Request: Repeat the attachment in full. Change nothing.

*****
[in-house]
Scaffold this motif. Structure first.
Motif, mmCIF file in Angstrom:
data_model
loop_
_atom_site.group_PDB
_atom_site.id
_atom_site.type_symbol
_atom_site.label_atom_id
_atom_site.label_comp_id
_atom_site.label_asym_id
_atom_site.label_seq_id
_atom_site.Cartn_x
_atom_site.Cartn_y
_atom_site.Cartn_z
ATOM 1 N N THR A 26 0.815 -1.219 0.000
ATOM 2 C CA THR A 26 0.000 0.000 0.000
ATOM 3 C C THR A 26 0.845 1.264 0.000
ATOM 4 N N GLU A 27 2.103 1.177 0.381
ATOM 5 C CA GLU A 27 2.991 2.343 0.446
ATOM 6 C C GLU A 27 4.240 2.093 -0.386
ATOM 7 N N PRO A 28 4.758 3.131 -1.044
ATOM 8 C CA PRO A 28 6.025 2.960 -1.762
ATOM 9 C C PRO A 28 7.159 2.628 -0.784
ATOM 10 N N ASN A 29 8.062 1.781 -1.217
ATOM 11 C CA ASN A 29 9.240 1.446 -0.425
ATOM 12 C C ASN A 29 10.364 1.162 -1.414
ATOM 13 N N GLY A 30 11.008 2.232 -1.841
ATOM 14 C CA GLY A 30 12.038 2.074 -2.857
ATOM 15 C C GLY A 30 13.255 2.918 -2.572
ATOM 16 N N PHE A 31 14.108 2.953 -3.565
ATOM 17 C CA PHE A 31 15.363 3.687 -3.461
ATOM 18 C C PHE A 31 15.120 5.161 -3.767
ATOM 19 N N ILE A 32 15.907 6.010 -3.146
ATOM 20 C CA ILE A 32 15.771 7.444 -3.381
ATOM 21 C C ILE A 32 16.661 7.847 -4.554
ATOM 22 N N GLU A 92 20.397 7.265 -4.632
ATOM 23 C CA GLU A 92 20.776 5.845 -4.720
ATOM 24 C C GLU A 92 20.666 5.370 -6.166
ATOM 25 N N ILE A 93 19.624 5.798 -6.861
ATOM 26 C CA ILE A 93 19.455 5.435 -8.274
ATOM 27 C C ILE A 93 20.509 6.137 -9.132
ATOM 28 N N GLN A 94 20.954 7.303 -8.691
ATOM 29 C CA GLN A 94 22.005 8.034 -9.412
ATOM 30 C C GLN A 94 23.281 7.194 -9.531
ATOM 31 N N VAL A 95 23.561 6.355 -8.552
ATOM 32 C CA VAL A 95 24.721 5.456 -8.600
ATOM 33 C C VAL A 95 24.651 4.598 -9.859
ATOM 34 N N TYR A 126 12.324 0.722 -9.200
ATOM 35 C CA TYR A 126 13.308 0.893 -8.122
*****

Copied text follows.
[in-house]
Scaffold this motif. Structure first.
Motif, mmCIF file in Angstrom:
data_model
loop_
_atom_site.group_PDB
_atom_site.id
_atom_site.type_symbol
_atom_site.label_atom_id
_atom_site.label_comp_id
_atom_site.label_asym_id
_atom_site.label_seq_id
_atom_site.Cartn_x
_atom_site.Cartn_y
_atom_site.Cartn_z
ATOM 1 N N THR A 26 0.815 -1.219 0.000
ATOM 2 C CA THR A 26 0.000 0.000 0.000
ATOM 3 C C THR A 26 0.845 1.264 0.000
ATOM 4 N N GLU A 27 2.103 1.177 0.381
ATOM 5 C CA GLU A 27 2.991 2.343 0.446
ATOM 6 C C GLU A 27 4.240 2.093 -0.386
ATOM 7 N N PRO A 28 4.758 3.131 -1.044
ATOM 8 C CA PRO A 28 6.025 2.960 -1.762
ATOM 9 C C PRO A 28 7.159 2.628 -0.784
ATOM 10 N N ASN A 29 8.062 1.781 -1.217
ATOM 11 C CA ASN A 29 9.240 1.446 -0.425
ATOM 12 C C ASN A 29 10.364 1.162 -1.414
ATOM 13 N N GLY A 30 11.008 2.232 -1.841
ATOM 14 C CA GLY A 30 12.038 2.074 -2.857
ATOM 15 C C GLY A 30 13.255 2.918 -2.572
ATOM 16 N N PHE A 31 14.108 2.953 -3.565
ATOM 17 C CA PHE A 31 15.363 3.687 -3.461
ATOM 18 C C PHE A 31 15.120 5.161 -3.767
ATOM 19 N N ILE A 32 15.907 6.010 -3.146
ATOM 20 C CA ILE A 32 15.771 7.444 -3.381
ATOM 21 C C ILE A 32 16.661 7.847 -4.554
ATOM 22 N N GLU A 92 20.397 7.265 -4.632
ATOM 23 C CA GLU A 92 20.776 5.845 -4.720
ATOM 24 C C GLU A 92 20.666 5.370 -6.166
ATOM 25 N N ILE A 93 19.624 5.798 -6.861
ATOM 26 C CA ILE A 93 19.455 5.435 -8.274
ATOM 27 C C ILE A 93 20.509 6.137 -9.132
ATOM 28 N N GLN A 94 20.954 7.303 -8.691
ATOM 29 C CA GLN A 94 22.005 8.034 -9.412
ATOM 30 C C GLN A 94 23.281 7.194 -9.531
ATOM 31 N N VAL A 95 23.561 6.355 -8.552
ATOM 32 C CA VAL A 95 24.721 5.456 -8.600
ATOM 33 C C VAL A 95 24.651 4.598 -9.859
ATOM 34 N N TYR A 126 12.324 0.722 -9.200
ATOM 35 C CA TYR A 126 13.308 0.893 -8.122